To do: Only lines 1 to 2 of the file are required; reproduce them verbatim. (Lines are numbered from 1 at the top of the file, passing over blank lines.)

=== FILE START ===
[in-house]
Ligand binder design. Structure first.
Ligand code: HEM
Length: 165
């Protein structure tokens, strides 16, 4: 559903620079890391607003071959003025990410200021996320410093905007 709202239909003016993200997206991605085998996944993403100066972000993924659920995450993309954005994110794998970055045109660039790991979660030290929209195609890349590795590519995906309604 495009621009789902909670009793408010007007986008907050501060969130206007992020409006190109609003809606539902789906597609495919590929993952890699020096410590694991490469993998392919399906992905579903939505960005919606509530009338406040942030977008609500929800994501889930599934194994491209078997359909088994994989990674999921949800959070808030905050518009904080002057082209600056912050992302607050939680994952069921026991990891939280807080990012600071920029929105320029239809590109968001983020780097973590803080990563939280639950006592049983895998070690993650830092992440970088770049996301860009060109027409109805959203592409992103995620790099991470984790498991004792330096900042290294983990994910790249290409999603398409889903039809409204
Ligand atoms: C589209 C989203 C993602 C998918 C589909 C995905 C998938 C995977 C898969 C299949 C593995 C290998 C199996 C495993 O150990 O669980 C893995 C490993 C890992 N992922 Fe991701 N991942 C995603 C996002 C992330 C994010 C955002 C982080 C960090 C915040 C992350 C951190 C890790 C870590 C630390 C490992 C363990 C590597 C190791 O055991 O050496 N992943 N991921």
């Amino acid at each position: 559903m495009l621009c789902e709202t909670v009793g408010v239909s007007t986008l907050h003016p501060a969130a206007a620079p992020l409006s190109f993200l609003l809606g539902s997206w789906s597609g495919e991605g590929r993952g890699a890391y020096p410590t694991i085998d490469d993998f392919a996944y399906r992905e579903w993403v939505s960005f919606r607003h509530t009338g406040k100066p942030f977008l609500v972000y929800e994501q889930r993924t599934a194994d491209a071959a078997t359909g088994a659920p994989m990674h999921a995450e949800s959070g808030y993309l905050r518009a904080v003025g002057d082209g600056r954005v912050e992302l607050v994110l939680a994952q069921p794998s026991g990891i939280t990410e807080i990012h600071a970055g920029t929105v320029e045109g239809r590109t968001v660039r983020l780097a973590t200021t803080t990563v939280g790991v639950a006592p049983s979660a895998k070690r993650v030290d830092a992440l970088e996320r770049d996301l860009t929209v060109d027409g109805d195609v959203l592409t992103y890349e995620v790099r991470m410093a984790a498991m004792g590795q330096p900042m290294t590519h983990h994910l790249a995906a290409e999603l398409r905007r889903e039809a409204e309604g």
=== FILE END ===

[in-house]
Ligand binder design. Structure first.